Archbishop Abednego Matthew Ajuoga founded the Church of Christ in Africa, known popularly as the Johera, a prominent independent African Christian denomination in Kenya. He was educated in schools of the Church Missionary Society (CMS), the leading Anglican missionary society in East Africa and one with strong evangelical leanings. Ajuoga was baptized in 1943 and, after working for the railways, he entered a seminary and was ordained in 1954.
Ajuoga was posted to Luoland in western Kenya, an area that had experienced a number of church schisms in response to the bakalole (“the saved ones”), a charismatic and evangelical church revival movement. It originated in Rwanda in 1927 and in the late 1930s spread to Kenya, where many Christians began leaving mission churches and joining new African independent churches. Many who remained in the mission churches attempted to transform them from European to African institutions. In western Kenya, the largest renewal group among the Anglicans was known as the Johera (“people of love”). Ajuoga preached unity and opposed separatist tendencies and was at first a force for keeping the Johera within the Anglican communion. Matters seemed to stabilize when the first five African bishops - all members of the bakalole - were consecrated. When relations between the separatists and those within the church became strained, the bishop suppressed the Johera and suspended the clergy, calling in the colonial police for enforcement. Ajuoga led an exodus of 7 priests, 130 congregations, and 16,000 members. The schism was wrenching - there were violent outbreaks, 25 churches were destroyed, and the dreaded police Special Branch was deployed. The Johera movement had a political aspect that was not lost on the government: it considered the settler-controlled Anglican state church as a pillar of colonial society. Fearing a nationalist movement, the authorities warned the Johera not to identify themselves as a Luo church, thus they registered under the name “Church of Christ in Africa”. It was the first in a wave of independent foundations, now numbering over 500 denominations in Kenya, making that country a center of the independent church movement. By the time of Kenyan independence in 1963, Johera had 50,000 members.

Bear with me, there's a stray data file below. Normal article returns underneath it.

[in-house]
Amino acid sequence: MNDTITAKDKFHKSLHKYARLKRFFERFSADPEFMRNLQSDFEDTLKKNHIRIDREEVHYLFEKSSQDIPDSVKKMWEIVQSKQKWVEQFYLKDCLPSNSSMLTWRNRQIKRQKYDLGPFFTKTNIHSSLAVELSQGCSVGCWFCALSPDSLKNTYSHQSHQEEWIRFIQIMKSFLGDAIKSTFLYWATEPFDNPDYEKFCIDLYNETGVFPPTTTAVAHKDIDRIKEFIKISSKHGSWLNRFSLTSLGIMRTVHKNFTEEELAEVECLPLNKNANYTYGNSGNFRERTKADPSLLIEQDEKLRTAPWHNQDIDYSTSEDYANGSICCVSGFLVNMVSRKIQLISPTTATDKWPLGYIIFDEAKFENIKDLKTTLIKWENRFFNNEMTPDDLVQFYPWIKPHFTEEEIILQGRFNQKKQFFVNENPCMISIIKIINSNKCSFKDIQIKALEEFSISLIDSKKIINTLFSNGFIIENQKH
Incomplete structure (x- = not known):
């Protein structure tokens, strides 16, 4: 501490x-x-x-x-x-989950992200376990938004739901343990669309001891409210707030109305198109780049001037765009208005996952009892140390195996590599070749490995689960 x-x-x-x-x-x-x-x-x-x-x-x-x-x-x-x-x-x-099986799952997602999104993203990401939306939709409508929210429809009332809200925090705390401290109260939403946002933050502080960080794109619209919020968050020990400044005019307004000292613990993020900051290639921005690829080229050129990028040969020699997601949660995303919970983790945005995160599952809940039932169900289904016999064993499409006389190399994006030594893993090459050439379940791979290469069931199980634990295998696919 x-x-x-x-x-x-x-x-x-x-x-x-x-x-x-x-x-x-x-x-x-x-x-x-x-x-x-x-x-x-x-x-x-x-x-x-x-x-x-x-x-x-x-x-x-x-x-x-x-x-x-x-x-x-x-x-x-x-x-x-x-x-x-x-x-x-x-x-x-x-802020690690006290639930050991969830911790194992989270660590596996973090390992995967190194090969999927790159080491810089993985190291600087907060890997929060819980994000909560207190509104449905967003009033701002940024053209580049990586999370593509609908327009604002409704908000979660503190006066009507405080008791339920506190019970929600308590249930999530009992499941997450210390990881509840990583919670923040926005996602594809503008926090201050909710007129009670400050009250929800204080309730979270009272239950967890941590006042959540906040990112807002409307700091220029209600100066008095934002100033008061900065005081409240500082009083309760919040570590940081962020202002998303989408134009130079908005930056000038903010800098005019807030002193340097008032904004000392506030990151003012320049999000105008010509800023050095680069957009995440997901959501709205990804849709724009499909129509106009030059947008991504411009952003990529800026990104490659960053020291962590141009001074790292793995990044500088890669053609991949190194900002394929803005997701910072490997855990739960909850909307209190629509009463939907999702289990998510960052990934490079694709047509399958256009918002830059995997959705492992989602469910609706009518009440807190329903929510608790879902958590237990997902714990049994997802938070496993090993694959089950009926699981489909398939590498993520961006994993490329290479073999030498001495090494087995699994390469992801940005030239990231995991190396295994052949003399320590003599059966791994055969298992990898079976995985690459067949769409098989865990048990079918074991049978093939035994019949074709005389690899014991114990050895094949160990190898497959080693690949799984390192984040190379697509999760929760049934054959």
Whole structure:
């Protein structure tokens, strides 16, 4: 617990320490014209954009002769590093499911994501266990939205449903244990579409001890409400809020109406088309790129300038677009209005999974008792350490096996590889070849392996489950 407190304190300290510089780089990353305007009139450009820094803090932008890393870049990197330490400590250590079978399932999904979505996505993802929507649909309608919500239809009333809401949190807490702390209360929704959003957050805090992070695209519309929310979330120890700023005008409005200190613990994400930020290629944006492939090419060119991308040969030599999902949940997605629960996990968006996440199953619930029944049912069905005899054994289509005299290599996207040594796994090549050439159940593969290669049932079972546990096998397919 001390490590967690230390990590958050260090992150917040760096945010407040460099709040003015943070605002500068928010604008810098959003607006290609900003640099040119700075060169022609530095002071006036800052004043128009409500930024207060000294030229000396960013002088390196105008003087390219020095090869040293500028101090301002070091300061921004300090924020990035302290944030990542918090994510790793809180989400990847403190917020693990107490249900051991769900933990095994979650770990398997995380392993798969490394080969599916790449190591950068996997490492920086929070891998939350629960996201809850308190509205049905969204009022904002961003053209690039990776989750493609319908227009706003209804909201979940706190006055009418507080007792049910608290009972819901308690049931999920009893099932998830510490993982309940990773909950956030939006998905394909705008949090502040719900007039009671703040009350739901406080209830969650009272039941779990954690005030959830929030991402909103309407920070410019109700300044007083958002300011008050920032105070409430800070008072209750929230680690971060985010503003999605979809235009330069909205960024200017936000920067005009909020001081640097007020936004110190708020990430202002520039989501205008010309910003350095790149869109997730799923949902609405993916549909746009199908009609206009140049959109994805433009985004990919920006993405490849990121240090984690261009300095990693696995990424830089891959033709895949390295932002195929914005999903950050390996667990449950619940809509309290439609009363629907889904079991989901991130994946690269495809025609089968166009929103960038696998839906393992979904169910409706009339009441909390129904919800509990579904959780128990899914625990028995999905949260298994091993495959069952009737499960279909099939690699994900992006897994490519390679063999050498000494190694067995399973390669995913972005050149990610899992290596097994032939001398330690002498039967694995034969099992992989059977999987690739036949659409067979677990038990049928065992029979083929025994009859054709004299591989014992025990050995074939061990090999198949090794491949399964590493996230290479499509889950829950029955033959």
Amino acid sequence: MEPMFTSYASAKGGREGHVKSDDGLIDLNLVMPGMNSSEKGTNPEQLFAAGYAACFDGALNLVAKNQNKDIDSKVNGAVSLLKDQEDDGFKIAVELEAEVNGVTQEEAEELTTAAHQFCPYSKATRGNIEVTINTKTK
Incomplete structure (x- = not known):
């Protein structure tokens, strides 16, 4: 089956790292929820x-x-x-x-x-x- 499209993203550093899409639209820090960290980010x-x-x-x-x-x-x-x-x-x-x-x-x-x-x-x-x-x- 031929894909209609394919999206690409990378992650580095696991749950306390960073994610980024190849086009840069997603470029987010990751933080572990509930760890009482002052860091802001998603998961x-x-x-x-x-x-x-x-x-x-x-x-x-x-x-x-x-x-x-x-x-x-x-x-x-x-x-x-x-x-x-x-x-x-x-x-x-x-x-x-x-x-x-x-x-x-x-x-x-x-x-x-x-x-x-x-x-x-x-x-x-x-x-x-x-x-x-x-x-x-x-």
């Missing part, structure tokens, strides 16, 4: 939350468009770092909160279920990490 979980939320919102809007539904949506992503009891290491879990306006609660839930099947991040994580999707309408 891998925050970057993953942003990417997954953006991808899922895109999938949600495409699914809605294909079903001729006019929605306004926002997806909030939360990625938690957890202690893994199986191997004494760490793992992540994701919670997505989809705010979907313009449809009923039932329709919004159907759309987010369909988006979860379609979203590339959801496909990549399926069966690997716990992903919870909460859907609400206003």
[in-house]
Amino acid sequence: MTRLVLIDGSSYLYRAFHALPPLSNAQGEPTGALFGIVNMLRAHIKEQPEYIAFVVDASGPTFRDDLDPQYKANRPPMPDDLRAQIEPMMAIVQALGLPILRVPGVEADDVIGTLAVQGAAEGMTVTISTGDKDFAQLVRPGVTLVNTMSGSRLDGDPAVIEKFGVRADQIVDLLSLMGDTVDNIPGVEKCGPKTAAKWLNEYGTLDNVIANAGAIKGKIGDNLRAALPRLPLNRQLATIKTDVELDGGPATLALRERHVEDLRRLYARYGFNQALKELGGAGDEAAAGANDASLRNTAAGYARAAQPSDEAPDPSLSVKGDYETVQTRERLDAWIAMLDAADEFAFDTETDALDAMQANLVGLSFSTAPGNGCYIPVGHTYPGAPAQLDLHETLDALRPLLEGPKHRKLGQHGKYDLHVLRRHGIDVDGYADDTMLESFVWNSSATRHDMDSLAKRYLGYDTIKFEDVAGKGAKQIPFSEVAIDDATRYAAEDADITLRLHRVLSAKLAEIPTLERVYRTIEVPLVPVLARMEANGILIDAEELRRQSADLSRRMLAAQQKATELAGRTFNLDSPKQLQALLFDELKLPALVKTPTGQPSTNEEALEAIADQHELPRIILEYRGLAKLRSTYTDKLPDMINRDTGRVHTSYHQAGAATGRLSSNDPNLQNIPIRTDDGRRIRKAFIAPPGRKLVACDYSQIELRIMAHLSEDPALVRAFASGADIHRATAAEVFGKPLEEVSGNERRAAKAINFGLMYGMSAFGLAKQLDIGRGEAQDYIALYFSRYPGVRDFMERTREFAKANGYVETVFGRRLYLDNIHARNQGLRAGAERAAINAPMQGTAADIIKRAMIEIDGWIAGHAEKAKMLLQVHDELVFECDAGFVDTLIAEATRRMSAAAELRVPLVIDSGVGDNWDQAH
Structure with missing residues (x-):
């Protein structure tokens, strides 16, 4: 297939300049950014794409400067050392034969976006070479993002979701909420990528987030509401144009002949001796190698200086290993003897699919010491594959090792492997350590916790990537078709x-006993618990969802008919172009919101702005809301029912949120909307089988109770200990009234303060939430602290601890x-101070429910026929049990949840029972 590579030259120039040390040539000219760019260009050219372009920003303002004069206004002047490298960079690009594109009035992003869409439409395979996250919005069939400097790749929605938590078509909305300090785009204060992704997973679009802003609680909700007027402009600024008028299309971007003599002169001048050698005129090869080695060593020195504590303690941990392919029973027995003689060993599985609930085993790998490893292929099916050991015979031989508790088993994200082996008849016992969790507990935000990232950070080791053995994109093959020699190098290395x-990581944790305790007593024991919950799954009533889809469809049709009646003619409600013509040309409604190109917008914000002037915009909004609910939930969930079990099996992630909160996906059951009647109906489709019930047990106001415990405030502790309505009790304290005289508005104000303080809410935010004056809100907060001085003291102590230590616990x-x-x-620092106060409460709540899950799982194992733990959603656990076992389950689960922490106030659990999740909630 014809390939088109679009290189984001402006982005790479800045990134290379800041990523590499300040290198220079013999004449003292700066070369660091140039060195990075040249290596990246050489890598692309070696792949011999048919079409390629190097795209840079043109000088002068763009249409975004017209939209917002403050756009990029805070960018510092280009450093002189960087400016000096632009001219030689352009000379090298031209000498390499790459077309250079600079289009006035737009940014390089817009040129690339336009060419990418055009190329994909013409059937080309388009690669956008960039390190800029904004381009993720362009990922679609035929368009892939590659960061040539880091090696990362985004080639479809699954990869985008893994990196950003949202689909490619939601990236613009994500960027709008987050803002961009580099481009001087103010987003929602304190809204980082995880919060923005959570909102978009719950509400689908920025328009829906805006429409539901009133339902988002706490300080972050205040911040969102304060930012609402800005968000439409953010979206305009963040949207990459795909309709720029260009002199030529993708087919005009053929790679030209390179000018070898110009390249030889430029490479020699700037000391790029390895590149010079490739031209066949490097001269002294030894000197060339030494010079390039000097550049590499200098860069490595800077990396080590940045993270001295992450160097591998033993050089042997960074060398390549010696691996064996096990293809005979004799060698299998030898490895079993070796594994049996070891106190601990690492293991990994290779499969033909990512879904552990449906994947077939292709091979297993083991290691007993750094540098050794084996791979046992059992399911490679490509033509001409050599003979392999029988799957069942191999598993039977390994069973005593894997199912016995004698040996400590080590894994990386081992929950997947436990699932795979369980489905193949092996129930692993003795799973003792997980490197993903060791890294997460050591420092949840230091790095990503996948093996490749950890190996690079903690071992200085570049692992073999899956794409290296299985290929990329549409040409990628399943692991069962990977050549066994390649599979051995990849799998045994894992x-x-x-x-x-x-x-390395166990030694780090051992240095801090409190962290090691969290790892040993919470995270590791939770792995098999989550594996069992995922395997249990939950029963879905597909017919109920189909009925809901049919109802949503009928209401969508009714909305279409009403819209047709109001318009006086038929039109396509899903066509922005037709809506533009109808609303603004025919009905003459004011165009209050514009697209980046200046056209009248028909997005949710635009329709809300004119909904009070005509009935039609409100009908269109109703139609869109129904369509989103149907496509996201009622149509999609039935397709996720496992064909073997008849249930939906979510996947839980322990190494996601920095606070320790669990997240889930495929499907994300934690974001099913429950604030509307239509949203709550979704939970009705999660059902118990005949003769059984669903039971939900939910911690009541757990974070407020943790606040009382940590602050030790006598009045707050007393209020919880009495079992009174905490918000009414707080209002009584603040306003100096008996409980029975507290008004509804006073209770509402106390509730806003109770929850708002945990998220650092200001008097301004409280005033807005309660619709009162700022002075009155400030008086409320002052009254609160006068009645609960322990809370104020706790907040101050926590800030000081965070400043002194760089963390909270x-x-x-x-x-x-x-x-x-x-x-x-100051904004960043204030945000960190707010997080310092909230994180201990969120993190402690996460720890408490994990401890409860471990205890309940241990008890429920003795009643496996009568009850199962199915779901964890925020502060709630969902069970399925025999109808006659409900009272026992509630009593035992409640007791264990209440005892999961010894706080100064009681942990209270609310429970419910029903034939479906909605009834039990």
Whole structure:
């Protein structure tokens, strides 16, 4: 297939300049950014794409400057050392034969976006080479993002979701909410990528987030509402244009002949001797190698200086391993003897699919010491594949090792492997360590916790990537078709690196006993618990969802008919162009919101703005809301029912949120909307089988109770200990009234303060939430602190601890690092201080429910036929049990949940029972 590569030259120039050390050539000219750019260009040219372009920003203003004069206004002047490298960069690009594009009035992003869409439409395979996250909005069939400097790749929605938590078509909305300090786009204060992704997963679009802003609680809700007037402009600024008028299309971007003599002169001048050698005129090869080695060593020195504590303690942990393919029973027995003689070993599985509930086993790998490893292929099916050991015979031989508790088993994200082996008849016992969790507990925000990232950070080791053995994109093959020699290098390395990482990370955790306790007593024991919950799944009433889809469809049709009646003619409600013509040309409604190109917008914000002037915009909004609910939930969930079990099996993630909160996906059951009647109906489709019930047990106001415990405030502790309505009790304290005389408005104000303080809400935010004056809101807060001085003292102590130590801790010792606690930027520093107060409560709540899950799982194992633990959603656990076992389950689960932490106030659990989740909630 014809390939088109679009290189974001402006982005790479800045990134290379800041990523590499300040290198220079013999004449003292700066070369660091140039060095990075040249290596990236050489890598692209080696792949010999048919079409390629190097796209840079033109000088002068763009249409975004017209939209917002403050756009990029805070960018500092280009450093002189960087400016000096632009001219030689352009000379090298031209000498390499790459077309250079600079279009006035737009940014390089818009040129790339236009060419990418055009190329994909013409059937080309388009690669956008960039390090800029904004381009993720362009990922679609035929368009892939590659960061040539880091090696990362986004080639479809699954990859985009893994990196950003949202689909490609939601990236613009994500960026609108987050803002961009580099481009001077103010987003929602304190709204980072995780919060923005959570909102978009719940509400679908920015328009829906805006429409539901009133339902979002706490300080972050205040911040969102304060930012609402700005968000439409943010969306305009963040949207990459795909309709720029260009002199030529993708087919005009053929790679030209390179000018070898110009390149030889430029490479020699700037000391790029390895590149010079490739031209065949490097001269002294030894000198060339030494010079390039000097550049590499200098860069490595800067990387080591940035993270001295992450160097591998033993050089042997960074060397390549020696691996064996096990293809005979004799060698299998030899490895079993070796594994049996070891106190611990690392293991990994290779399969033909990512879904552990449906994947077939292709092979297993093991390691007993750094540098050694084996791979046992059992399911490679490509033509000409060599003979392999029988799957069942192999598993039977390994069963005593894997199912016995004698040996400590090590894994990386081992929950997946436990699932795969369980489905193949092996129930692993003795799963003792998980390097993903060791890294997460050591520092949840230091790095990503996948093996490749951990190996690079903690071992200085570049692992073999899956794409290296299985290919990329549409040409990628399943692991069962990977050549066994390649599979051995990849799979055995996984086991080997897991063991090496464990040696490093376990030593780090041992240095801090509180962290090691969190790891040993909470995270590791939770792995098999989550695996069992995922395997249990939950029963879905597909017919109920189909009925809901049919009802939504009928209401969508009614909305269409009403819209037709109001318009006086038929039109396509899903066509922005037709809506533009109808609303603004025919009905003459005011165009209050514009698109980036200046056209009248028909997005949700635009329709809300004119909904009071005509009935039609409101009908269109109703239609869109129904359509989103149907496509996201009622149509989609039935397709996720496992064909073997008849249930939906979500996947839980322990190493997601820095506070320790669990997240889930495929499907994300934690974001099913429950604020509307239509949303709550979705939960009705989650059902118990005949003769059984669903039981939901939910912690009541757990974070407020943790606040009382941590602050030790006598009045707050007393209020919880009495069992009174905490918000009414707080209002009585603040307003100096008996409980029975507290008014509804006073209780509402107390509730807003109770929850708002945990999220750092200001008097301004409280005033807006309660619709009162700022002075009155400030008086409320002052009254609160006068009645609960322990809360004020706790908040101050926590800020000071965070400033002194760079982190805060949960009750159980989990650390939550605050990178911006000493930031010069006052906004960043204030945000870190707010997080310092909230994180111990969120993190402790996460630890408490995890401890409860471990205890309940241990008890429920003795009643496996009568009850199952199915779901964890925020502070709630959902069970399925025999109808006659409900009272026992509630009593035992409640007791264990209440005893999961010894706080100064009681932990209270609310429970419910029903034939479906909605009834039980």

Johera spread throughout Kenya and into neighboring countries and has built a group of religious schools. Unlike many other independent churches, Johera remains traditionally Christian in its teachings.
Ajuoga took a leave and spent a year of advanced study at Union Theological Seminary in New York, 1964-1965. He remains archbishop and head of the church he founded.
Norbert C. Brockman
Lipschutz, Mark and Rasmussen, R. Kent. Dictionary of African Historical Biography, 2nd edition. Berkeley: University of California Press, 1986.
This article is reproduced, with permission, from *An African Biographical Dictionary, *copyright © 1994, edited by Norbert C. Brockman, Santa Barbara, California. All rights reserved.